Trends in interest rates and inflation run in very long cycles. The last bottom in Treasury yields occurred in 1946 – when they fell to 1.93%. Then, for the next 35 years, yields rose along with inflation – reaching 14% in 1981. Then, finally, big Paul Volcker picked up his sledgehammer.
Since then, bond yields have been going down again. That is a period of 23 years. Inflation has been asleep long enough, you might think. Time for reveille?
If so, yesterday, foreigners didn’t hear the trumpet blow. They bought more…and long bonds rose.
For more news, we turn to Addison…
Addison Wiggin, from the Baltimore HQ…
– The latest CPI reading was released yesterday. In May, inflation rose by 0.6%, the largest monthly jump in three and a half years. The number exceeded expectations. Would the reader care to guess how the bond market reacted to this news?
– "U.S. Treasury debt enjoyed its biggest rally in more than three months on Tuesday," screams Reuters. Your editor had to quickly re-read the headline. Sure enough…30-year rates declined 16 basis points to 5.37%.
– As we read on, it seems that the jump was almost entirely fuelled by the prices of energy and gasoline…and milk! And apparently, if you strip these three items from the calculation, inflation actually decreased. Year-over-year inflation declined from 1.8% to 1.7%, says Reuters. "The moderation in core consumer inflation gave a big relief to financial markets, which had started to fret the central bank was falling behind in the curve."
– Of course, energy, gasoline and milk are hardly insignificant. In fact, they are probably the three items that every single household in America consumes every single day. As Bill succinctly explained on Monday, "Officially, inflation is running at 4.4% over the last 12 months. Take out food and energy and the rate sinks to only 1.8%. But it is food and energy that is in short supply in the world, especially in the fast-developing world. New factories in China can produce all the flip-flops the world could ever want, at lower and lower prices. But they can’t produce oil…and they can’t produce beef. As the Chinese get richer, they’re going to want more of both."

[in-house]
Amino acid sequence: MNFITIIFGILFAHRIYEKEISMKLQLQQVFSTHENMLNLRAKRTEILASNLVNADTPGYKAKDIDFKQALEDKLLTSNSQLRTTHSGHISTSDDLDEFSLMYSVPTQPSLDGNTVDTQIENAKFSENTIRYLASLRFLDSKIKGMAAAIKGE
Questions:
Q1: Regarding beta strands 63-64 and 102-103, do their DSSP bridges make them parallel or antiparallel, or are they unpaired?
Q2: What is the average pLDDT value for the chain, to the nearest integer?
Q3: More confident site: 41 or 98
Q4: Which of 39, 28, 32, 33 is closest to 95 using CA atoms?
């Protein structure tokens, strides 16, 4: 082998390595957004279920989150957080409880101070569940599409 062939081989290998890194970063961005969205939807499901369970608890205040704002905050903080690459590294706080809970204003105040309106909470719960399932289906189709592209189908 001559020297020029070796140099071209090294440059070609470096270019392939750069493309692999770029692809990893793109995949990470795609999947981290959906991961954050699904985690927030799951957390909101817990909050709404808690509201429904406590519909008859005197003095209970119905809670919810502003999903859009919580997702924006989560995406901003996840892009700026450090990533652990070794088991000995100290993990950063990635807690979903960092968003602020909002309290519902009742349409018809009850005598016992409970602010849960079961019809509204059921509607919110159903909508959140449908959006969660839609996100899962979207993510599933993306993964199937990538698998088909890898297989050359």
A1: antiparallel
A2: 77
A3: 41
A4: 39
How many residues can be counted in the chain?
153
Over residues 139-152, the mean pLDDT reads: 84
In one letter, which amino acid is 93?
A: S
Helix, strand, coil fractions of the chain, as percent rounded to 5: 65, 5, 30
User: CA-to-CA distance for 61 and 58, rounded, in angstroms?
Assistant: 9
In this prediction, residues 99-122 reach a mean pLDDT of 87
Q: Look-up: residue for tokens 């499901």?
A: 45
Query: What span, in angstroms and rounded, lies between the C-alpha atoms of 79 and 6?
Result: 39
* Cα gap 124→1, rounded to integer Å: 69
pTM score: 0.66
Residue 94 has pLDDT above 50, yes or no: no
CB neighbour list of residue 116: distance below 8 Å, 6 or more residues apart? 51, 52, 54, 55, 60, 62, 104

– In perfect harmony with the bond market – and as the promise of higher interest rates receded – the dollar sank. As of late last night, the euro buys $1.215, up from $1.206 the night before.
– Gold performed well yesterday, reacting to the dollar’s fall. Bullion added $4.90 to $388 by close of business in New York.
– As astute readers will already be aware, low inflation suits bullion just fine. Gold bulls know that the longer the Fed drags its heels, the more stubborn the inflation will eventually be.
– And for an idea on what to expect in the future in terms of inflation, we turn to the past for help. As inflation is the theme of today’s notes, it will come as no surprise that we choose the ’70s for today’s discussion.
– M3 money supply, the best predictor of inflation, rose by 94% over the 7-year period from 1966 to 1973, according to an article by Martin Hutchinson at United Press International. Consequently, from 1974 to 1981, price inflation averaged 9.4% per annum.
– Between 1968 and 1970, the stock market fell sharply, only to recover strongly into 1972. During that time, the economy was in recession, but the recession was mild, having been tempered by deficit spending. Price inflation, distinct from M3 inflation, burst out of the gate in 1973. A much deeper recession followed, and by 1982, the stock market had lost 75% in real terms.
– We realize that the economic situation of the 1970s is very different from that of today. For a start, today’s debt levels and stock valuations are much higher. Nevertheless, there are many similarities. We draw your attention, dear reader, to the M3 growth rate between 1996 and 2004, which Martin Hutchinson calculates to be at 93%, or 8.5% per annum. Here comes the price inflation, rationalizes Hutchinson, placing us in 1973, purely in terms of the inflationary cycle.